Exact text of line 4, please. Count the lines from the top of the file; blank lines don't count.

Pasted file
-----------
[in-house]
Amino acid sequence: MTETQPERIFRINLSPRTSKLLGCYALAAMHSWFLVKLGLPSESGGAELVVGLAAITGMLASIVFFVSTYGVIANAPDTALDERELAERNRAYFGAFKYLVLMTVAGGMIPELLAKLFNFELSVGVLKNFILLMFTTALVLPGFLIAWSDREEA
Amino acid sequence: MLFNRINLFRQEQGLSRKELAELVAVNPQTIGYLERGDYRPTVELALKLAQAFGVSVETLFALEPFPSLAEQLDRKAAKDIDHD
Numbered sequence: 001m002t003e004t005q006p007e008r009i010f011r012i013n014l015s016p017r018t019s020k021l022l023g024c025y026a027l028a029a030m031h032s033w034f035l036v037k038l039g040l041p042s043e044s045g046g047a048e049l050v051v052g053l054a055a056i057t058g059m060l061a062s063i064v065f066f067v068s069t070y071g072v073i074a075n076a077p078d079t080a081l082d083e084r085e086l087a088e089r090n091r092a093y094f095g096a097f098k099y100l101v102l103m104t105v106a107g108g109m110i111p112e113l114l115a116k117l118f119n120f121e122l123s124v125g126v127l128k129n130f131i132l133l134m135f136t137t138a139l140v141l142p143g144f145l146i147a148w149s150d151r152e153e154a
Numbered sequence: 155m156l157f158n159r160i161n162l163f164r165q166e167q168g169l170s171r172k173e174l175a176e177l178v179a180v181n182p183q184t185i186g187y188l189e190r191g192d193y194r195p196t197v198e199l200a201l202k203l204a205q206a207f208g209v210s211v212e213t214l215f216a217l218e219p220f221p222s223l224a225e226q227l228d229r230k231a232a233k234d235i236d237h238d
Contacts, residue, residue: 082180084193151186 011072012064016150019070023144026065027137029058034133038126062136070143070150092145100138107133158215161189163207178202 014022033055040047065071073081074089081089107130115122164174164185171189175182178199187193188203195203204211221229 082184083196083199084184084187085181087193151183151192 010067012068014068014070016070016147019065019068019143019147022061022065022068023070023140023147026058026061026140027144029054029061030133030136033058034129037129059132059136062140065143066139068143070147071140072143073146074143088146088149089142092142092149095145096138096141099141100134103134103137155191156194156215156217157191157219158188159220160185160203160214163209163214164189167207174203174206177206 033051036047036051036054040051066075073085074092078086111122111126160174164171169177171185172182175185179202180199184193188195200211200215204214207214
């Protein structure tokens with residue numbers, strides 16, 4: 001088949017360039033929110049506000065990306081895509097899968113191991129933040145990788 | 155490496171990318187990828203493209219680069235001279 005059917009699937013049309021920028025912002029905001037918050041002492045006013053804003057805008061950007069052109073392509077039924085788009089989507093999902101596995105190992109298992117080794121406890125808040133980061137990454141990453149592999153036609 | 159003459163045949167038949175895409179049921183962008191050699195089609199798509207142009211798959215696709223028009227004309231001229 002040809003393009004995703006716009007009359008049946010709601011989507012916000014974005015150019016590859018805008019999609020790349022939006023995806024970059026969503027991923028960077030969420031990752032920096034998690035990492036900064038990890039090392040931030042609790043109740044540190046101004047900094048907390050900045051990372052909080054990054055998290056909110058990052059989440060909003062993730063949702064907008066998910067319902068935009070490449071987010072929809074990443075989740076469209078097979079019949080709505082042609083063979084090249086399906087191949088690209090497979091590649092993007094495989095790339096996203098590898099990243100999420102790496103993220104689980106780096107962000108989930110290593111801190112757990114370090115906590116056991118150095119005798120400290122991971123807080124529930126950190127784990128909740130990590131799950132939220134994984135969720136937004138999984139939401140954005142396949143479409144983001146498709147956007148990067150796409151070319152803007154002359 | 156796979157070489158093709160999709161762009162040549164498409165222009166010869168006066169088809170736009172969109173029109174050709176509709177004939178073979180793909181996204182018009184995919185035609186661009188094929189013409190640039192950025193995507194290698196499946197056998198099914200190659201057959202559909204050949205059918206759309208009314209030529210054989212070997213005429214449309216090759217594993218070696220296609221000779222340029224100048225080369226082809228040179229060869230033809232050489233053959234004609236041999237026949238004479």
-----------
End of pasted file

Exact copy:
Numbered sequence: 001m002t003e004t005q006p007e008r009i010f011r012i013n014l015s016p017r018t019s020k021l022l023g024c025y026a027l028a029a030m031h032s033w034f035l036v037k038l039g040l041p042s043e044s045g046g047a048e049l050v051v052g053l054a055a056i057t058g059m060l061a062s063i064v065f066f067v068s069t070y071g072v073i074a075n076a077p078d079t080a081l082d083e084r085e086l087a088e089r090n091r092a093y094f095g096a097f098k099y100l101v102l103m104t105v106a107g108g109m110i111p112e113l114l115a116k117l118f119n120f121e122l123s124v125g126v127l128k129n130f131i132l133l134m135f136t137t138a139l140v141l142p143g144f145l146i147a148w149s150d151r152e153e154a